Federal authorities are trying to determine whether a threat to news media that covered the Sony hack was a hoax by a tweeter who says he was just "messing around."
The FBI and the Homeland Security issued a joint intelligence bulletin last week to law enforcement agencies across the country.
The bulletin lays out much of what the public already knows: threats against Sony in late November if it released "The Interview," the massive cyber-hack of Sony days later, the subsequent threat of a 9/11-style attack on theaters showing the film, and then Sony's hesitation in releasing the film.
But the bulletin also discloses that threats -- ascribed to the alleged Sony hackers known as "Guardians of Peace" -- have "extended to … a news media organization … and may extend to other such organizations in the near future."
Hours after news surfaced of the FBI and DHS bulletin, a man claiming to be David Garrett Jr. in Tennessee said on Twitter that he posted the "fake" threat against the news organization, but he was just "messing around."
The FBI said it was looking into the claim, which ABC News has been unable to independently verify.
Asked why the FBI would issue a bulletin based on uncorroborated information, a spokesman said it comes down to taking precautions.
"As part of our commitment to public safety, the FBI routinely shares information with the private sector and law enforcement community," the spokesman said in a statement. "We take all threats seriously and will continue to disseminate relevant information observed during the course of our investigations, in order to help protect the public against any potential threats."
On Dec. 20, "Guardians of Peace" posted messages online "that specifically taunted the FBI and [the unidentified news organization] for the 'quality' of their investigations and implied an additional threat," reads the bulletin.
While the bulletin says there is no "specific credible information" to indicate any type of "physical threat," and notes "that hacking groups have historically made exaggerated threat statements," the bulletin urges law enforcement "to remain vigilant."
"[T]he potential remains for [Guardians of Peace] or copycat actors to make renewed cyber and/or implied physical threats, to identify new targets, or execute physical attacks if the movie is again scheduled for release," according to the bulletin, first reported by the website The Intercept and confirmed by ABC News.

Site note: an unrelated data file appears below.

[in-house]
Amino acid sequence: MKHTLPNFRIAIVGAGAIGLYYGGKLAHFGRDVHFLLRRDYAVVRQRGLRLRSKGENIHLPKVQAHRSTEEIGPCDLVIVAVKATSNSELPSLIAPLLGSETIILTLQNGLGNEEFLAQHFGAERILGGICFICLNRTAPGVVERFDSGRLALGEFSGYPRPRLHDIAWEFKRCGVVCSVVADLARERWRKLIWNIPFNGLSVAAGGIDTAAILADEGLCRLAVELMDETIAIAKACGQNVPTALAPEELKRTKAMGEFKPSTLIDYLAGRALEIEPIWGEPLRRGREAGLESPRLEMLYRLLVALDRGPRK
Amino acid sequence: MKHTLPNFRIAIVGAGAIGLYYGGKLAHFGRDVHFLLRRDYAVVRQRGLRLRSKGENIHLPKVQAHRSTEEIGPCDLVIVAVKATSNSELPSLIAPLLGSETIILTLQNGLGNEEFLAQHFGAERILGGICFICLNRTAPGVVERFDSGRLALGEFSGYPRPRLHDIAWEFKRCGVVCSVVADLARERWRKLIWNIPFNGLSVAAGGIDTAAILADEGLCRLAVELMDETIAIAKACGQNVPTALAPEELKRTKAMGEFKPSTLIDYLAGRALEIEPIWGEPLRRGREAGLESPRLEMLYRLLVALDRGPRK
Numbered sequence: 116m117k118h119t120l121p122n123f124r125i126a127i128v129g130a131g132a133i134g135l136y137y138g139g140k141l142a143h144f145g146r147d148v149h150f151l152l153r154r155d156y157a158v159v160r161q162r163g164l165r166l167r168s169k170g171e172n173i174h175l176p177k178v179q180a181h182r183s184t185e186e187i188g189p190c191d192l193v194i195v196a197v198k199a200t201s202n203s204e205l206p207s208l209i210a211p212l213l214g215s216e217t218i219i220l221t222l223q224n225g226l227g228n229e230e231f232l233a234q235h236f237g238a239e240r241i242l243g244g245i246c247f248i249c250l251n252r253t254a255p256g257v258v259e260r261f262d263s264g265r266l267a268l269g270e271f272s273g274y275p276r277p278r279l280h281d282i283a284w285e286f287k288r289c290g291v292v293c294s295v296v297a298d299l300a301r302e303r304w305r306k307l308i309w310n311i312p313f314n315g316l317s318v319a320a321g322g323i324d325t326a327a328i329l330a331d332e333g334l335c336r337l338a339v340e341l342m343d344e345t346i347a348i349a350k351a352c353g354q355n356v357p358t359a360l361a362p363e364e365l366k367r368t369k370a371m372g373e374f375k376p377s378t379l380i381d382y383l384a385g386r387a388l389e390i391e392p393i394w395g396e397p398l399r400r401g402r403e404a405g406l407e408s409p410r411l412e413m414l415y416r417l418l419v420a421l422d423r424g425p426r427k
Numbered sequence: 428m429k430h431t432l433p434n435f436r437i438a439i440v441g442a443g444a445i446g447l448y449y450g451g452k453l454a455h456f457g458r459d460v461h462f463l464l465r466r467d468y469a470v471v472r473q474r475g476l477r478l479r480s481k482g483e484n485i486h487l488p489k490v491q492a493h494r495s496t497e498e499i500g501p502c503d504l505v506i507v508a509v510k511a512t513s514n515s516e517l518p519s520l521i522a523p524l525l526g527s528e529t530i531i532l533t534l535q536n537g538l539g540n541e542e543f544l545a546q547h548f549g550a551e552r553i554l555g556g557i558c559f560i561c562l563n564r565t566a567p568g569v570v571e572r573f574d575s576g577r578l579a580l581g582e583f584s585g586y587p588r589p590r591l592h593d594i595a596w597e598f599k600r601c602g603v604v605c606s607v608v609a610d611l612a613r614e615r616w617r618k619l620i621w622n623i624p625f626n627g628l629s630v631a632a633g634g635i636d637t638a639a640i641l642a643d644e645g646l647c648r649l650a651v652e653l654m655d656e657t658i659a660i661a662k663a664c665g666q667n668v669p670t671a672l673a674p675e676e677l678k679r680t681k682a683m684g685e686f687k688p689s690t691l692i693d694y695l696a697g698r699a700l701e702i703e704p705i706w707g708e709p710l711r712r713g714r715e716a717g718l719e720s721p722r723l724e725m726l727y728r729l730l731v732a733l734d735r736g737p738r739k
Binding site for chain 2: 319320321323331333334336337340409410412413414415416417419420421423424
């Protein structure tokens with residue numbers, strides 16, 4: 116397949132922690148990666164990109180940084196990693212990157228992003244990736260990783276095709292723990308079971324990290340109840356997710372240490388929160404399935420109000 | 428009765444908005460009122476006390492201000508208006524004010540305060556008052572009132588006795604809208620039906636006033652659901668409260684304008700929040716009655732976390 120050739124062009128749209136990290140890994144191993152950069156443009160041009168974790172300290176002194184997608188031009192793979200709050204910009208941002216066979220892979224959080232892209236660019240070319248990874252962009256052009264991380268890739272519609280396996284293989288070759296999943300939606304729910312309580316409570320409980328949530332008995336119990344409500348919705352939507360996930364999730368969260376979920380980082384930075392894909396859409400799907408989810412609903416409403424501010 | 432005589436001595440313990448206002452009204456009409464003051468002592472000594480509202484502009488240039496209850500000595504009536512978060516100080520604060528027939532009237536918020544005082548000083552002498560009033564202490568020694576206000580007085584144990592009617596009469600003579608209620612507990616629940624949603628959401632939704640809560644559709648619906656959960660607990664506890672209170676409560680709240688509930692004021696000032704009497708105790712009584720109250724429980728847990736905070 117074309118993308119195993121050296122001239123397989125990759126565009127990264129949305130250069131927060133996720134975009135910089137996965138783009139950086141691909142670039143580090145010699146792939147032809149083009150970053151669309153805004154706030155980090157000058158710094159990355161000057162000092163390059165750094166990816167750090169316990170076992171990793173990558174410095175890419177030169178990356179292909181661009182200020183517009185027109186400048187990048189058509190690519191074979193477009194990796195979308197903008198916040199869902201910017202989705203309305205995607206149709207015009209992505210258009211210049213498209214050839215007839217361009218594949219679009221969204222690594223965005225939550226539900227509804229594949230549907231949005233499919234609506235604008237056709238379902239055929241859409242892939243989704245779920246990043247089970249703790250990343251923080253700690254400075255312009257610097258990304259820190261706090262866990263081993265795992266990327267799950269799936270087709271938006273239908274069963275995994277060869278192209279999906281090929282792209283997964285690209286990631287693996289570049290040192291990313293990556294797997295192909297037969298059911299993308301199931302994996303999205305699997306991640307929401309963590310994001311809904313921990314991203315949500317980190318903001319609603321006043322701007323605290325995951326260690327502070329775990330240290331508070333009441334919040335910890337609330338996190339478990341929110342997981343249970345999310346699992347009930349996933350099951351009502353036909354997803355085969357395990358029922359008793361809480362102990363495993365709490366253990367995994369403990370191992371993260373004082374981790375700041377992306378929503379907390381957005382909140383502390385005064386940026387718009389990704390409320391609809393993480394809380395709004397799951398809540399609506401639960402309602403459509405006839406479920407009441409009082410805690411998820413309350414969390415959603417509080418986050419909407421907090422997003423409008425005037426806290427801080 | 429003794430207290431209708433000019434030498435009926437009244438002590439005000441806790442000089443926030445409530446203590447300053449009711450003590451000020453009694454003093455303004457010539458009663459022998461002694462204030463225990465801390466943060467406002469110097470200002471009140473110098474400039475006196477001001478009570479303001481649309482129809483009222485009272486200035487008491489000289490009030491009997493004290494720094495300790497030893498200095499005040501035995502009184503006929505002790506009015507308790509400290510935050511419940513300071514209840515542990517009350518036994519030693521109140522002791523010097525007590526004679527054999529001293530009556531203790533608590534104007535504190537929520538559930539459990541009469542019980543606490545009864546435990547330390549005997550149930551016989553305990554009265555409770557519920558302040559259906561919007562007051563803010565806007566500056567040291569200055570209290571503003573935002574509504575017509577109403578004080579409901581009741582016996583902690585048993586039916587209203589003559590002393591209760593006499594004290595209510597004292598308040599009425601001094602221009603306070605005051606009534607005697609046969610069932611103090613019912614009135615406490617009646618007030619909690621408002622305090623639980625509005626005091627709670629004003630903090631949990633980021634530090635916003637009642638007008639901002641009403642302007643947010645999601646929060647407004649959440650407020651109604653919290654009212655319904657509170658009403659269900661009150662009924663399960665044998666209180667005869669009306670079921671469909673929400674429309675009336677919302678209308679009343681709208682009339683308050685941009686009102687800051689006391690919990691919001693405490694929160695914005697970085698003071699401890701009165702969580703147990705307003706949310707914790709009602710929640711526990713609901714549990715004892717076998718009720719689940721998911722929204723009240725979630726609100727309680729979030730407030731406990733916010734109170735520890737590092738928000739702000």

In addition, the bulletin predicts "Guardians of Peace" will "likely continue to release portions of proprietary data and email stolen from [Sony] to keep pressure on [the company], possibly to get the company to withhold further distribution of the movie, destroy all copies of the film or publicly apologize for its production of 'The Interview,'" which depicts the fictional assassination of North Korean leader Kim Jong Un.
In the face of skeptics increasingly voicing their own theories about who is responsible for the Sony hack, the FBI is firmly standing by its announcement two weeks ago blaming North Korea.
"There is no credible information to indicate" otherwise, and the FBI's conclusion is based on intelligence gathered by the U.S. government and foreign governments, according to an FBI spokesman. Anyone without the proper security clearances would not have access to that intelligence.
As ABC News reported two weeks ago, federal authorities believe an individual or small group stationed outside North Korea – but acting at the behest of the North Korean regime – may have punched the computer keys that launched the attack.
The North Korean government has denied any role in the cyber-attack on Sony, calling it "wild speculation." Still, the North Korean government has described the attack as a "righteous deed."
ABC News' Pierre Thomas contributed to this report.